Measurement of biodiversity was done by Whittaker. Biodiversity can be measured by two major components: Species Richness and Species Evenness
- Species Richness: It refers to the measure of a number of species found in per unit area of a region or community. It has three components:
- Alpha diversity: It refers to the diversity of species found in a particular area or ecosystem, and is usually expressed by the number of species in that ecosystem.
- Beta diversity: It refers to the comparison of the diversity of species between two or more ecosystems, usually measured as the change in the number of species between the ecosystems.
- Gamma diversity: It is the measure of the overall diversity for the different ecosystems in a region. It is highly subjective because of different perceptions about the boundaries of the region.
- Species Evenness: It is the measure of relative abundance of individuals of different species in a given region. Low evenness in general, means that a few species dominate the region or ecosystem.
LOSS OF BIODIVERSITY
The loss of species, ecosystems or genes is termed as a loss of biodiversity. The biological wealth of the planet is declining rapidly. The IUCN Red List documents the extinction of 784 species ( including 338 vertebrates, 359 invertebrates and 87 plants) in the last 500 years. In the last 20 years alone, we have witnessed the loss of more than 30 species. As per the Living Planet report:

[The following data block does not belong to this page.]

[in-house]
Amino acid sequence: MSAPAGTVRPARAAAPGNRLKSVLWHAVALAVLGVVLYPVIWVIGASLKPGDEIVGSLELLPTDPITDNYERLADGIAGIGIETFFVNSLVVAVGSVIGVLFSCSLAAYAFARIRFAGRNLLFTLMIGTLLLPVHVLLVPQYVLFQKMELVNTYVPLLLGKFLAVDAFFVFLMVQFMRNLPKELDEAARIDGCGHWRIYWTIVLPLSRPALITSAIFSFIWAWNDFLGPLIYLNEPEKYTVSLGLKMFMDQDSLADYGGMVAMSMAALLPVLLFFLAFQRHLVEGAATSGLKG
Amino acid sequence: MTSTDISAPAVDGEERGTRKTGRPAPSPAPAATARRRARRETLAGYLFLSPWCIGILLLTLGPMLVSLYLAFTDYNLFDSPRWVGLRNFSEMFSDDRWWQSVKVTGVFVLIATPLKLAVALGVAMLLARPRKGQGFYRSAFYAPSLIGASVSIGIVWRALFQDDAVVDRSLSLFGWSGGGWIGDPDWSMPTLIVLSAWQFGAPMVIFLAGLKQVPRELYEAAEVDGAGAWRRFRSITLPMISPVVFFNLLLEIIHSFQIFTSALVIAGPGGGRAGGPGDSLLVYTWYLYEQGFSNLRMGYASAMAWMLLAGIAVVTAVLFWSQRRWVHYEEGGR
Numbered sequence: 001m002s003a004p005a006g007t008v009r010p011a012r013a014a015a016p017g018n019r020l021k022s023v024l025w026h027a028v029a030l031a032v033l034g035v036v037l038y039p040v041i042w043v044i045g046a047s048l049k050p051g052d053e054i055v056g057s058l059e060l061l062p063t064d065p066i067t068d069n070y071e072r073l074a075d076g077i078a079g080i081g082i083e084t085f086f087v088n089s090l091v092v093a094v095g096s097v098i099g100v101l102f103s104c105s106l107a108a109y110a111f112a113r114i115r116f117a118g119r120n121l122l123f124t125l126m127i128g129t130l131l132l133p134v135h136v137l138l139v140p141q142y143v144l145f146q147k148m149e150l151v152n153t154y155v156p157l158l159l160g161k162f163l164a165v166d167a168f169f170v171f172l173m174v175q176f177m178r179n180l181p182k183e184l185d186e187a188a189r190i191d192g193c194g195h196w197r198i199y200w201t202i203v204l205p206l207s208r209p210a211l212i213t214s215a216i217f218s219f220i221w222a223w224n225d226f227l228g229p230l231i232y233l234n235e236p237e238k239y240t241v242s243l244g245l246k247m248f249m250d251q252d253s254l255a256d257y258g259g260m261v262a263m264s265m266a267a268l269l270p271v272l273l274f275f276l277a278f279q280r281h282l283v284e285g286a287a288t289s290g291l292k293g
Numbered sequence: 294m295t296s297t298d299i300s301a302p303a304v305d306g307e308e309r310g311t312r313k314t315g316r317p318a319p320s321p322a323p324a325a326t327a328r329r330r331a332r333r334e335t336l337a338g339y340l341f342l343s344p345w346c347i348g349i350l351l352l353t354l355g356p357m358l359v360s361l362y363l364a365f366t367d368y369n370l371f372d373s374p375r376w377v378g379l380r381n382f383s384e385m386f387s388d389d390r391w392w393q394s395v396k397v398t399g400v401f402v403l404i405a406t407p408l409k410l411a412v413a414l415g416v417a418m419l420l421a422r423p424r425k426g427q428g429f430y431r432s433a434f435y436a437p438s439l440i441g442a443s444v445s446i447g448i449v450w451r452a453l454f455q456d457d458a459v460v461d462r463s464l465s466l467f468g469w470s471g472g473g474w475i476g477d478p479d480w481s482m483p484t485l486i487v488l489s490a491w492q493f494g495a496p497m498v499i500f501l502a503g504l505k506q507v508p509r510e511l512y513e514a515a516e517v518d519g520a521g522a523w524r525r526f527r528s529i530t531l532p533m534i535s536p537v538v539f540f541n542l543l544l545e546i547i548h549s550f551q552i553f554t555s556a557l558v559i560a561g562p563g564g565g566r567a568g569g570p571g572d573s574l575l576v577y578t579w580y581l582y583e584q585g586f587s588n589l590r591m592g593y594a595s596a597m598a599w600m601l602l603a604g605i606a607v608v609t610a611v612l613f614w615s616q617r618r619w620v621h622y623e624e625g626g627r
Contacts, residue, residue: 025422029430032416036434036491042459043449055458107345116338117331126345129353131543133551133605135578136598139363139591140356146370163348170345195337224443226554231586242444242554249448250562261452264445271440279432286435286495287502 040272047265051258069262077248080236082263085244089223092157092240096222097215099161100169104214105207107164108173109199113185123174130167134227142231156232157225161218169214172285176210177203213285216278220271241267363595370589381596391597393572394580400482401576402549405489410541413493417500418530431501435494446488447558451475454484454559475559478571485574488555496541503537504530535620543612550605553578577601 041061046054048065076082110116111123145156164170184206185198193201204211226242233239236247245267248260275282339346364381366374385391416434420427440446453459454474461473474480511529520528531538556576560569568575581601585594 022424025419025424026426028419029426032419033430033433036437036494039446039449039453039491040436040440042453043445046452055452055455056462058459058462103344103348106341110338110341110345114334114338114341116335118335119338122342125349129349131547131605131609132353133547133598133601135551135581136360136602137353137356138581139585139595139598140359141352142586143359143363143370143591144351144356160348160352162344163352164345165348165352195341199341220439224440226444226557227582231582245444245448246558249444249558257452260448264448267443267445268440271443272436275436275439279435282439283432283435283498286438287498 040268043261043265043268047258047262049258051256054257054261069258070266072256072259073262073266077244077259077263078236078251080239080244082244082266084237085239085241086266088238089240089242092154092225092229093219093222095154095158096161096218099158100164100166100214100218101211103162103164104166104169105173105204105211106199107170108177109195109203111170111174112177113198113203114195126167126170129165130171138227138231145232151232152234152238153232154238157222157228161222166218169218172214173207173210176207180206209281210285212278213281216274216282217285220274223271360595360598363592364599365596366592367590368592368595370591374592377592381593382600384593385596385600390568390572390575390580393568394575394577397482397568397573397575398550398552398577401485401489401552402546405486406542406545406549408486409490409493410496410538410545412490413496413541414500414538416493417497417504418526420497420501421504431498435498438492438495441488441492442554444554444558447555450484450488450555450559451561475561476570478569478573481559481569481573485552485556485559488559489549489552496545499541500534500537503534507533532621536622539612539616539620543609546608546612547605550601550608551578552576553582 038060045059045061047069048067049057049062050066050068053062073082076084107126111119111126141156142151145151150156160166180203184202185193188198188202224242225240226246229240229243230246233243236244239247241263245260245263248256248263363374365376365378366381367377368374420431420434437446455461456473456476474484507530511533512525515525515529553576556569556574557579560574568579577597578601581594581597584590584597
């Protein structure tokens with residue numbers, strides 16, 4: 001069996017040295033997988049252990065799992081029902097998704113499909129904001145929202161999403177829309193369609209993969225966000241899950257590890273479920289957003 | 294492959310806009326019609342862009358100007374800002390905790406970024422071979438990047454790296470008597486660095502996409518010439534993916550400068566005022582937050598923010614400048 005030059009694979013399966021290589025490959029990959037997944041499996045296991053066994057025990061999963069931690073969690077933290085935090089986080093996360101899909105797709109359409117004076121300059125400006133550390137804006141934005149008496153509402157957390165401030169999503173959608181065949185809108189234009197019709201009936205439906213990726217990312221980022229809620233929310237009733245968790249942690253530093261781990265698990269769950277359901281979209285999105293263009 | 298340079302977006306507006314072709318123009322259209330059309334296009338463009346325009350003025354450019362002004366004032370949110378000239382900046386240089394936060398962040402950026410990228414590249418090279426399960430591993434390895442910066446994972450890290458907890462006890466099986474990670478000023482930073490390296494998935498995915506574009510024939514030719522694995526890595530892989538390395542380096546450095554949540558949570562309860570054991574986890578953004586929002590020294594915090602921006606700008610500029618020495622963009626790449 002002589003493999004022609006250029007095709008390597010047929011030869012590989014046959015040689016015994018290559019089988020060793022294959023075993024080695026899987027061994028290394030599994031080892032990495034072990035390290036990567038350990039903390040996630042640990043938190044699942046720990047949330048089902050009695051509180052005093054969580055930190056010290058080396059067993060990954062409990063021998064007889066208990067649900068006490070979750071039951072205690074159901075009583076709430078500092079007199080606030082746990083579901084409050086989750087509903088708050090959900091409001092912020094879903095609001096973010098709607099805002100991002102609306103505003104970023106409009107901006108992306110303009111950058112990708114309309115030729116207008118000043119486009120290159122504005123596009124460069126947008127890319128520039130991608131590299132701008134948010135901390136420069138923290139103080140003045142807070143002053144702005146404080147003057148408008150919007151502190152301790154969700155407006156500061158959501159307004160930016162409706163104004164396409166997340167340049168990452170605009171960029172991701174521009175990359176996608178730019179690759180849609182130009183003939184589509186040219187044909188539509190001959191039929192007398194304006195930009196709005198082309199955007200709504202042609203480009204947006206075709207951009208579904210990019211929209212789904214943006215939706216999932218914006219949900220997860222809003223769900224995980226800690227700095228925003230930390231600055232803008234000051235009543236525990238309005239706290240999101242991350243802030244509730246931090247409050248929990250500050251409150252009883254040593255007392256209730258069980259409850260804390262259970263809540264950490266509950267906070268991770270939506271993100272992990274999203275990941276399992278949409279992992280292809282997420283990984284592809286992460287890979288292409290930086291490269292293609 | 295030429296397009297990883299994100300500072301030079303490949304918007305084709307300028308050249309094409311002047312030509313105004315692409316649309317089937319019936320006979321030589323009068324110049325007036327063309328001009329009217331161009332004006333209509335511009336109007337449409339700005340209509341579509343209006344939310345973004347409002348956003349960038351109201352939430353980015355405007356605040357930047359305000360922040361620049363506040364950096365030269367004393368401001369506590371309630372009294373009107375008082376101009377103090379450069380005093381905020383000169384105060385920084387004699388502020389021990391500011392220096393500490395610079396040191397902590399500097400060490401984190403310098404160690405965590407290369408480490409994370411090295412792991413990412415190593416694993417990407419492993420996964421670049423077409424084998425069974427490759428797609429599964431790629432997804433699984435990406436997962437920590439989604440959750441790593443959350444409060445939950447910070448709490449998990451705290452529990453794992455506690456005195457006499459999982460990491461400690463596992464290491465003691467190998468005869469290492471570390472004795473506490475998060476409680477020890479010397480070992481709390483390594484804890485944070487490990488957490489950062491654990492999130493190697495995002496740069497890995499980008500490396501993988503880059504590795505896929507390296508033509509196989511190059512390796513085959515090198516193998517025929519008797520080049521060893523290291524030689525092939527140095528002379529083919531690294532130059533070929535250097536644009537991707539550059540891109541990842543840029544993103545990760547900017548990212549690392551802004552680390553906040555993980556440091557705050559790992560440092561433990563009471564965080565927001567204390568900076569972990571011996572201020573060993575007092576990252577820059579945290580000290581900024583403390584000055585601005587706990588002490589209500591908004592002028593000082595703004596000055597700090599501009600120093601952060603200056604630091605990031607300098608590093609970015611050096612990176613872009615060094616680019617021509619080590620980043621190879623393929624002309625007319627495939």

- The present rate of extinction of species is up to 100 to 1000 species extinction per 10,000 species in a duration of 100 years. This is almost 1000 times more than the natural rate of extinction.
- The living planet index, which measures the biodiversity abundance levels, is showing a persistent downward trend. On average, monitored species population has declined by 58% since the year 1970.
- In tropical forests, there has been a 40% decline of species since the year 1970.
- Whereas in temperate grasslands, species population has declined by 18% and in freshwater habitat, species population has declined by 81% since the year 1970.
Reasons for loss of Biodiversity
- Habitat loss and fragmentation: This is a primary cause which drives animals and plants to extinction. The habitat loss and fragmentation have been through changes of land use, in particular, the conversion of natural ecosystems to cropland, development of infrastructure projects like rails and roadways, increasing urbanisation and mining activities.
- As per the Living Planet report, there have been about 30% decline in wetlands in the last 40 years. Wetlands have been primarily reclaimed for agriculture and urbanisation. Also, about 50% of the tropical and subtropical forests and 45% of the temperate grasslands have been converted for human use.